had simmiliar problems and realized it was the time zone as you stated. you would think that client settings would update and reflect what is set on the DC located at the site. just dont get why not.
glad your werked it out.
AJ
Left by clockwerkboy on May 30, 2006 3:09 PM

# re: ITT: The clocks on the client and server machines are skewed (solved)
Requesting Gravatar...
I got an even better one for you guys. I have a lone physical DC running Server 2003. On a separate PC running Windows XP, I threw VMware on there and loaded Server 2003 in it, simply for testing purposes. In order to prevent any clock fighting, I disabled the "Automatically adjust clock for daylight savings time" option in the virtual 2003, so that it didn't mess up XP's own auto set. I then dcpromo my virtual 2003 to my existing domain.

Everything seems to be working right. The virtual machine shows up in the domain computers list, no errors generate, a box prompting me to reboot pops up, and one last look in Active Directory shows the machine in the Domain Controllers OU.

But all is not well. Upon login, the system cannot find my network profile. A temporary generic one is loaded instead. When I try to manually access it by entering the \\server\path location, I get a network path not found error. When I try to load AD, I get the error message "The clocks on the client and server machines are skewed." I have them auto update, no good. I manually hand jam the time into them. They are all within 1 second of each other. Still no good. Then I decide just for the hell of it to click the daylight savings time adjustment box on the virtual machine. The clock instantly jumps forward one hour. Geh. I set *that* one to match the current time. AD is now replicating and all is working correctly. ^_^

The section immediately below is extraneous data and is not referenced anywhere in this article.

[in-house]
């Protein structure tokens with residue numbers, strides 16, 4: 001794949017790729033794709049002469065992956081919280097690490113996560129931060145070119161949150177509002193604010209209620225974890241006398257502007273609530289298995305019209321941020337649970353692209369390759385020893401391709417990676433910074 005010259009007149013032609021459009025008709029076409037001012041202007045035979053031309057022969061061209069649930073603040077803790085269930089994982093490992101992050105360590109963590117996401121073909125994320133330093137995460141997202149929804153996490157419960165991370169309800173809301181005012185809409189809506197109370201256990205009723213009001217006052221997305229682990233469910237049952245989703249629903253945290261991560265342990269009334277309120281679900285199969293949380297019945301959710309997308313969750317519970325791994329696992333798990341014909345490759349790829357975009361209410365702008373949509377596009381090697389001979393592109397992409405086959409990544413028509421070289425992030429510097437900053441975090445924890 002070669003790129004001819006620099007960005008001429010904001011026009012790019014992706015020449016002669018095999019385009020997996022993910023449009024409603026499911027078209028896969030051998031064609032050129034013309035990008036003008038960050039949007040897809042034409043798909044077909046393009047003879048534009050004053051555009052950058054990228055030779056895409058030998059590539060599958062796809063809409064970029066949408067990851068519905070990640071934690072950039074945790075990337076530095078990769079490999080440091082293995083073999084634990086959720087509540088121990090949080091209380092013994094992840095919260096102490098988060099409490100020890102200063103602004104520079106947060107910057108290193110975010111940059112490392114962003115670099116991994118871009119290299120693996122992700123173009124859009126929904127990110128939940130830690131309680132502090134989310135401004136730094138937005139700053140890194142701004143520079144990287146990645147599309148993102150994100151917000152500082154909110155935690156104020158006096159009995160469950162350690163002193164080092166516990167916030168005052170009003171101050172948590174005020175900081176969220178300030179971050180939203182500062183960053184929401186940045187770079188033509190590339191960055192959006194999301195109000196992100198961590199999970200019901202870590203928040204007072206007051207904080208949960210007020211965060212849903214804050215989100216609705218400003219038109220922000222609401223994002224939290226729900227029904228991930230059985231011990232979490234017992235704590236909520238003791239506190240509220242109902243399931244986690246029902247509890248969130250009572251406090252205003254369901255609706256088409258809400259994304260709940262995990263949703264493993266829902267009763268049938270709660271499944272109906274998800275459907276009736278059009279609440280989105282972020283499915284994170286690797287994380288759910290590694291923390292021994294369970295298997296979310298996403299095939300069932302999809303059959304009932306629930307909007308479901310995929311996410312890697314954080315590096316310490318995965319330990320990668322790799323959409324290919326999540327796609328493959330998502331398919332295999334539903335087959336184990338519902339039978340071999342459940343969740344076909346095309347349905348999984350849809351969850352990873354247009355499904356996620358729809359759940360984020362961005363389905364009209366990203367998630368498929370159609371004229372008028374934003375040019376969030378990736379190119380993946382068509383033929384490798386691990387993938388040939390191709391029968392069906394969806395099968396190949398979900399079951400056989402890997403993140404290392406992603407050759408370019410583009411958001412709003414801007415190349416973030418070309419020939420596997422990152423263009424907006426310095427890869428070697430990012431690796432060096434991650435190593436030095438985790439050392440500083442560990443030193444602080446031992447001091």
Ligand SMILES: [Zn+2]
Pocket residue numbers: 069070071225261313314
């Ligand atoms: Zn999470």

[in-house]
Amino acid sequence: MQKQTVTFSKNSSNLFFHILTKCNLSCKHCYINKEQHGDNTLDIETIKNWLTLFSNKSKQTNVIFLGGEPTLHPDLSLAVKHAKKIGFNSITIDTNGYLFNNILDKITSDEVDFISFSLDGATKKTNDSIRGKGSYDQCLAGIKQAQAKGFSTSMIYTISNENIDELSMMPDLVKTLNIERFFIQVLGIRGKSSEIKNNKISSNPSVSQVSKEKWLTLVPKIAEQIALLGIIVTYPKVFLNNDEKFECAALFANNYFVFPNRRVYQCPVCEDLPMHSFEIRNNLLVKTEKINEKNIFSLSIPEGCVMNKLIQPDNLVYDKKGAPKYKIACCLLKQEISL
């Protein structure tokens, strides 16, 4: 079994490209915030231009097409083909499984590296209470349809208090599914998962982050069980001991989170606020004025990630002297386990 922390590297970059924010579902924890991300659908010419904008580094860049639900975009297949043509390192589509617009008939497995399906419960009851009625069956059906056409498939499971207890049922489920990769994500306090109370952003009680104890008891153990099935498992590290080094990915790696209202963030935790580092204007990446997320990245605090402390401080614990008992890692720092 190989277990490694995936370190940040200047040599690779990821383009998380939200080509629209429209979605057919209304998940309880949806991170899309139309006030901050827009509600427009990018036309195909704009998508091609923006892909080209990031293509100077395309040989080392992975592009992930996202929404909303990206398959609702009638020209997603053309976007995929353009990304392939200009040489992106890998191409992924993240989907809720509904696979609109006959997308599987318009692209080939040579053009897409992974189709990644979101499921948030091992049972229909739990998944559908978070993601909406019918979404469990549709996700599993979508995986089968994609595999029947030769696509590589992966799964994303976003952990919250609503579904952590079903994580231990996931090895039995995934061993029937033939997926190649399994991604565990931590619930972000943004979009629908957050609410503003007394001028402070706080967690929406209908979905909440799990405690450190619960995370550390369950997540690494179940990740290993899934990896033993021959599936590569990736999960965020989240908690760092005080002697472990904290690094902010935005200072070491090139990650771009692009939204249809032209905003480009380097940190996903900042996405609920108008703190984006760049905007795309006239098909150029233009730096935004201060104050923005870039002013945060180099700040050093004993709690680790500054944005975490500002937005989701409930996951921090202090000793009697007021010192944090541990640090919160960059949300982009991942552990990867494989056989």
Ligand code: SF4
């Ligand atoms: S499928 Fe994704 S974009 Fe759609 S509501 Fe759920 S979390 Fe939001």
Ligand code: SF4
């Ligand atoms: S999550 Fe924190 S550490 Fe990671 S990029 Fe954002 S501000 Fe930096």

Left by Zumdahl on Oct 16, 2006 12:38 AM

# re: ITT: The clocks on the client and server machines are skewed (solved)
Requesting Gravatar...
I had the same problem and turned out to be my VMware ESX server was not sychronizing time properly with an internet NTP server. Once I fixed the ESX server, my Windows services in the guest VM's worked fine. My problem specifically was that I had a typo in the NTP server address in ESX and my specified DNS servers were incorrect.
Left by VM User on Mar 01, 2008 8:09 AM

# re: ITT: The clocks on the client and server machines are skewed (solved)
Requesting Gravatar...
Gr8 Blog...it really helped me..!! I had the same situation like 'VM User', the NTP setting was not done on one of the VM Server hosting the guest machine which had these messages... as soon as we started the NTP on the ESX Server..the problem vashined...
Left by Mangesh on May 29, 2008 3:34 AM